An Apple for the teachers – ATLP leaders receive technology accolade

Two tech-savvy teachers from Mere Green and Slade Primary Schools, part of the respected Arthur Terry Learning Partnership (ATLP), have been appointed Apple Distinguished Educators.

The ADE is a relationship programme focused on educational excellence and leadership.  Mere Green’s and ATLP’s technology lead, Terri Coombs, and Sam Scadeng, Slade’s history and geography lead, are the first partnership primary school Apple teachers to achieve this status, having revolutionised teaching and learning across their schools and the learning trust.

Sam Scadeng and tech-savvy pupils from ATLP’s Slade Primary School

The pair faced strong competition from thousands of applicants across Europe for the coveted ADE place.  They are now part of a global community of education leaders and innovators pioneering Apple technology in and out of the classroom.

Terri Coombs and Apple-loving pupils from Mere Green Primary School

As an ATLP leader and Specialist Leader of Education for the Arthur Terry National Teaching School, Mrs Coombs collaborates with primary schools across the partnership, which are using Apple technology to improve teaching and learning and work-life balance for teachers.

She said:

I’m delighted and honoured to be part of this pioneering programme, because I can bring even more ideas and innovation to our classrooms. It’s an exciting time for us and I look forward to being part of a global network of Apple Distinguished Educators.  Our schools have embraced new technologies that enhance teaching and learning, with authentic learning opportunities that prepare children for their future. We’re embedding this across our trust and creating a culture of open learning for everybody and efficient ways of working in schools.”

Mr Scadeng has led Slade’s one-to-one iPad revolution in class and supports teachers across school to enhance teaching and learning by using technology. He is also used to performing at the highest level, as a former England Deaf Rugby international.

He said:

I am thrilled to be joining a global network of teachers and educators. ADEs foster innovation in education by promoting powerful ideas and developing content to enhance teaching and learning – all of which we can bring back to the thousands of children in our partnership. Our schools are known for having cultures of improvement – It’s a fantastic feeling to know that Terri and I can now add to that even further.”

In July, Mrs Coombs and Mr Scadeng will attend the first ADE training institute in Amsterdam. ADEs share how they are using Apple technologies to transform teaching and learning in their own institutions. By participating in informative general sessions, hands-on workshops and shared project teams, ADEs return home with a shared sense of purpose as they develop content and powerful ideas for improving teaching and learning.

Anna Balson, ATLP’s executive headteacher (primary) said:

Terri and Sam are exceptional leaders who’ve transformed teaching across our MAT primaries. They have brought our IT vision to life and engaged, children, families and staff. The impact is phenomenal – pupils are producing work to an even greater standard; teachers are benefiting from the flexibility of ‘smart’ technology and all of that has had a significant impact on outcomes.  We’re all proud of them. They are real ambassadors for this partnership and their ADE status means they will provide even more opportunities for our children to excel.”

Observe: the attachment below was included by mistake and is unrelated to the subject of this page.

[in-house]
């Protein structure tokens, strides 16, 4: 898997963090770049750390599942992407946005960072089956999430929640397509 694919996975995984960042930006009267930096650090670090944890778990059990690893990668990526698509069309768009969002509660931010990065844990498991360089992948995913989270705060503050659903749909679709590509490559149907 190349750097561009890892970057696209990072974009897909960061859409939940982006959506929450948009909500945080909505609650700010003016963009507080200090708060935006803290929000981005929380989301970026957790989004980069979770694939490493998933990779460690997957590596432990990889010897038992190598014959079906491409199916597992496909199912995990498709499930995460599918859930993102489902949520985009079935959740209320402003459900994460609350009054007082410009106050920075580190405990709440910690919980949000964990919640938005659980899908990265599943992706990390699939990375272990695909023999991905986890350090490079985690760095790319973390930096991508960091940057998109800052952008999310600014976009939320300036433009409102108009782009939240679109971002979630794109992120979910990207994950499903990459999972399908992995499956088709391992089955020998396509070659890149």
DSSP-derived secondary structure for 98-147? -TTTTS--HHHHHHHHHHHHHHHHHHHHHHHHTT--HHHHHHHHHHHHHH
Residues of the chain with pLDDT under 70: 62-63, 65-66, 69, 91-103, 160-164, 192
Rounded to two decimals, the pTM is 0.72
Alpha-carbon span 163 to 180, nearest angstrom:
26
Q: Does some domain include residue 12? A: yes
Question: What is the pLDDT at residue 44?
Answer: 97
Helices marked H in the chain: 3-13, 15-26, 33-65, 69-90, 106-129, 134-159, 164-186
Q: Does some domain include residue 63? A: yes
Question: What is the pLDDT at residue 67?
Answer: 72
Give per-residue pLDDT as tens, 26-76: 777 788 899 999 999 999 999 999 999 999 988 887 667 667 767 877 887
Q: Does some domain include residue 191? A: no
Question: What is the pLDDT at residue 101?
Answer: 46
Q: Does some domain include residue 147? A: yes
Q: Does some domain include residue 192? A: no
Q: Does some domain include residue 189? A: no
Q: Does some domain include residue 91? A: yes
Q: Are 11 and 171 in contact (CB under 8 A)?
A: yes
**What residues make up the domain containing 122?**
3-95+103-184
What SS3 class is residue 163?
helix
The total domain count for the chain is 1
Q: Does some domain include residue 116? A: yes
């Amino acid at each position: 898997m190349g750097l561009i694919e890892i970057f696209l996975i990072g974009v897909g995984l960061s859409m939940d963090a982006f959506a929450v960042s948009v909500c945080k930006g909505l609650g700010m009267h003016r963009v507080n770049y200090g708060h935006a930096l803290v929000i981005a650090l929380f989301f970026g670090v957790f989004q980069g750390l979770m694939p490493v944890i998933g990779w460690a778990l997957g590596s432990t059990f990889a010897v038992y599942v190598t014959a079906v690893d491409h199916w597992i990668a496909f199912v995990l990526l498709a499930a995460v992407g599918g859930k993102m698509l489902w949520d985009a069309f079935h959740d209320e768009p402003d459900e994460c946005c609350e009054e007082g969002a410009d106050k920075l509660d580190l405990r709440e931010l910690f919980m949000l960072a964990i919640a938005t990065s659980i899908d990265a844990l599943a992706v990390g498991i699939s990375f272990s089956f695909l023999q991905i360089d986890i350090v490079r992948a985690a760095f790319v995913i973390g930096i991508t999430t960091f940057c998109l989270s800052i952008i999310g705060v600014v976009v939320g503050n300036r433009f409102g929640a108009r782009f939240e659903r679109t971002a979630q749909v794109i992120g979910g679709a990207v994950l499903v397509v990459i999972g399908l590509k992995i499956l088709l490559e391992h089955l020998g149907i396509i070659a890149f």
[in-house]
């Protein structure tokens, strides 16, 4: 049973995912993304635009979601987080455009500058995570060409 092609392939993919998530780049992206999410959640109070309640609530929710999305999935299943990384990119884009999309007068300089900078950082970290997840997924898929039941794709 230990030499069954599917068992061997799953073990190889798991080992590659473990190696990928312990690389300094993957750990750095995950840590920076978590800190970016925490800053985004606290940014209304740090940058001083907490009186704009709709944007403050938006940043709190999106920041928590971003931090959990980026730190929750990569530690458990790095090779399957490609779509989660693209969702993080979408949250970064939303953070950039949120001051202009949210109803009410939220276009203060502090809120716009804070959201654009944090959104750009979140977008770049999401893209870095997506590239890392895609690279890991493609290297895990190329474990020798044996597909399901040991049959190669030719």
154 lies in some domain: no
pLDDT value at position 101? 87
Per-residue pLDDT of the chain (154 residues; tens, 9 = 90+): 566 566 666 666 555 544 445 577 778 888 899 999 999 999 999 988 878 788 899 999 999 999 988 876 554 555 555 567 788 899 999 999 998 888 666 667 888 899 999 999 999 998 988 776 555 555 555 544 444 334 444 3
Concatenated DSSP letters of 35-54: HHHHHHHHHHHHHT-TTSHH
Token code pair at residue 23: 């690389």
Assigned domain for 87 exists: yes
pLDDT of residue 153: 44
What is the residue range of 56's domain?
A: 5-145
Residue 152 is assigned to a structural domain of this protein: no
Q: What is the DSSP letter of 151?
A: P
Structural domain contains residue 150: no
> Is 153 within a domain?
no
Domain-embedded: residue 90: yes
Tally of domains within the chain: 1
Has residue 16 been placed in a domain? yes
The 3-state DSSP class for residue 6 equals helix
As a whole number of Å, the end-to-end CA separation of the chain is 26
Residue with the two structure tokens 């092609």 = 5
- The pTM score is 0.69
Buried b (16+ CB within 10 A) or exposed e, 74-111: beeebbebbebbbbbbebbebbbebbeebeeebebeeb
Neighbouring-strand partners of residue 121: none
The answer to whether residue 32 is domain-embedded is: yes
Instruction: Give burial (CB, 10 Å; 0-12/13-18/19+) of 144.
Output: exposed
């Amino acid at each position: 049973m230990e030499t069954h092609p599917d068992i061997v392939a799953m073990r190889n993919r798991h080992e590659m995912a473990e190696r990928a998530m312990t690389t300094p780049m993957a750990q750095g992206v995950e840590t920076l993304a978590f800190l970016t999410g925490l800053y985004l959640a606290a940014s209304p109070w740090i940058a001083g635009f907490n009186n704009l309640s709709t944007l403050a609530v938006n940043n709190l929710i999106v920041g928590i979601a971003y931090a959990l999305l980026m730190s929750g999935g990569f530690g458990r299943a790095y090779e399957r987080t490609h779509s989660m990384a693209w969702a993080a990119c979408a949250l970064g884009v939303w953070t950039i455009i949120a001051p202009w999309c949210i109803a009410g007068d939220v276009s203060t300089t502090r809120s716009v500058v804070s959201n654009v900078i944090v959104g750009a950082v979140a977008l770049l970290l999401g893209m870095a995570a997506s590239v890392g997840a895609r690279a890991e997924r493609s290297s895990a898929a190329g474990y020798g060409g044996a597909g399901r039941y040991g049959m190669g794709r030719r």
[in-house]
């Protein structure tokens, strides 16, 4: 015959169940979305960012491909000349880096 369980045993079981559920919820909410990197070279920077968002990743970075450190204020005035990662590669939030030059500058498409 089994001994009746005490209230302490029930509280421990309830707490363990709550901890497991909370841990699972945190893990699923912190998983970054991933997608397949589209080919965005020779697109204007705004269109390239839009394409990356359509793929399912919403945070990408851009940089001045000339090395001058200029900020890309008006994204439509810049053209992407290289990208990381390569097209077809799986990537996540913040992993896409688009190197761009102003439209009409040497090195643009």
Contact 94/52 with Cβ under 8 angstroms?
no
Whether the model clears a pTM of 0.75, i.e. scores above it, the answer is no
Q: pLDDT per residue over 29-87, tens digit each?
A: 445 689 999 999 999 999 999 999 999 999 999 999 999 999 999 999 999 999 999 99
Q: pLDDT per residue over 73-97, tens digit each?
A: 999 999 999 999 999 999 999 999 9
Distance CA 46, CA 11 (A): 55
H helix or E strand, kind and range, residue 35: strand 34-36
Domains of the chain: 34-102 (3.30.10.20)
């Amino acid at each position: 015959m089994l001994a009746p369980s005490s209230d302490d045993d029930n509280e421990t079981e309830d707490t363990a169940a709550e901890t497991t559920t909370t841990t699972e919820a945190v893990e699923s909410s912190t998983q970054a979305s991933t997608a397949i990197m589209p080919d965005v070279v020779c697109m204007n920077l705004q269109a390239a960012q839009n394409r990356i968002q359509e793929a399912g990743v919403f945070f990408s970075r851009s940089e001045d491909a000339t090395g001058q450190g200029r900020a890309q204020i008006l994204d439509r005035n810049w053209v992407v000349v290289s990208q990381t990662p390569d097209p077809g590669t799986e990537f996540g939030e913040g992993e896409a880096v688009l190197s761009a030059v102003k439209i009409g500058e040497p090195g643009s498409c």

Impact snapshots:

 How Apple technology is at the core of ATLP’s advances in teaching and learning

Since 2018, ATLP’s Mere Green and Slade primary schools have been trialling a 1:1 device solution in key year groups.  At Mere Green every child in years 2, 3 and 4 has their own iPad for teaching and learning, and this will continue to grow over the next two years to include years 5 and 6.  At Slade year 5 have been pioneers and will grow the project a year at a time.

iPads have been an enabler for Mere Green’s SEND children – it has narrowed the gap in attainment and progress through a wide range of teaching and learning strategies that utilise the device’s capabilities to support the children in previously unattainable ways.

In year 3, the iPads have been an enabler in promoting engagement and independence. With the opportunity to create more varied content, children have more flexibility and ownership of their learning, which increases engagement. When children are more engaged they are more willing and able to take greater pride in their work and achievements, which can also be showcased immediately with parents at home who can positively reinforce successful messages. Providing children with the ability to be successful in a media that suits there learning style allows them to create content that gives all aspects of learning a purposeful meaning. The year 3 project has been including in a case study written by


Slade Primary School: “iPads aren’t substitutes for traditional methods, they’re enhancements. I can navigate my children through a lesson at the click of a button while maintaining excellent engagement and BFL.”

Using technology has captured unmotivated pupils imagination and brought them back to what matters – the learning.”

Wider impact:

William MacGregor School has recently started a 1:1 project with year 3 and Scotch Orchard School is planning to deploy devices in June 2019. Four primaries across the partnership are beginning to use iPads to enhance teaching and learning.